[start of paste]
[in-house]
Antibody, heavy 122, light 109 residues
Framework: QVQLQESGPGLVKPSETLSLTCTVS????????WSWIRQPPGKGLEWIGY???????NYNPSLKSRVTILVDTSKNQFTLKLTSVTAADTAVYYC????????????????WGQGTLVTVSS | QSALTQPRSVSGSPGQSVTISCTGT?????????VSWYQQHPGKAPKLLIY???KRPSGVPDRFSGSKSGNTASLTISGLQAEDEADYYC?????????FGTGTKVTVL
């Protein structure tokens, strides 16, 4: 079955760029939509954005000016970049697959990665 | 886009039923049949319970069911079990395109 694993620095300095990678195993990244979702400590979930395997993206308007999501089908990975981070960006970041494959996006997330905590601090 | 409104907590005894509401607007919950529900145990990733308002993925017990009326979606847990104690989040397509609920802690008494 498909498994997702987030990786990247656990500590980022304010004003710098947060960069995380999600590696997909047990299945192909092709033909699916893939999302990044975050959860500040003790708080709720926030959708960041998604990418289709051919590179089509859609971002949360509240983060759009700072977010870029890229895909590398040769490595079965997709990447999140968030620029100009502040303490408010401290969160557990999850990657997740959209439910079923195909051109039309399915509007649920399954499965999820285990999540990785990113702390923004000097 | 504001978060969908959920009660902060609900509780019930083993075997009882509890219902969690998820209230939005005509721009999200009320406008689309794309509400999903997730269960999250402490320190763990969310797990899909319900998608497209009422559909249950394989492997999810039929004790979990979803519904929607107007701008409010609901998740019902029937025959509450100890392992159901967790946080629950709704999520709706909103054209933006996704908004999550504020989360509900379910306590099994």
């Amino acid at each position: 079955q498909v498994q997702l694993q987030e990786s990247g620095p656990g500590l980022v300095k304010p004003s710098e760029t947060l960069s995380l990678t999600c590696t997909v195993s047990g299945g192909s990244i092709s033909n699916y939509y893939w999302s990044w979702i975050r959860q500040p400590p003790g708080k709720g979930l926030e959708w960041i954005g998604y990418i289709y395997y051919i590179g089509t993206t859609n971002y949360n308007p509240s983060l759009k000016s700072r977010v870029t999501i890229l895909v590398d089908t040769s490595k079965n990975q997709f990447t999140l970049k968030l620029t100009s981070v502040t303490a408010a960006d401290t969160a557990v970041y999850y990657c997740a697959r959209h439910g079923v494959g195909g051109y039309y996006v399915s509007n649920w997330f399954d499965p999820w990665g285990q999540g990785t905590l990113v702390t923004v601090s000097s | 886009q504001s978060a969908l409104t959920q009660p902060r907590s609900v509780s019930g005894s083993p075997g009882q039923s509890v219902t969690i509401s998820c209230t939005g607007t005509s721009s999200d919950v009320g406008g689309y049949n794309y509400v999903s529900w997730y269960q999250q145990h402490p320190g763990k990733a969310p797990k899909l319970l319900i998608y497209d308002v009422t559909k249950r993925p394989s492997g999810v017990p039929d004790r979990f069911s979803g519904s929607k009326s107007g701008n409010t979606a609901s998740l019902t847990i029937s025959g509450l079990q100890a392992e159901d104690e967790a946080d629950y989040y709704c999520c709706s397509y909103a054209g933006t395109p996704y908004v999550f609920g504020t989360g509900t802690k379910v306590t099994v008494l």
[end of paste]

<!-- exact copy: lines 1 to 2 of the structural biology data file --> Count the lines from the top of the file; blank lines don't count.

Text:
[in-house]
Antibody, heavy 122, light 109 residues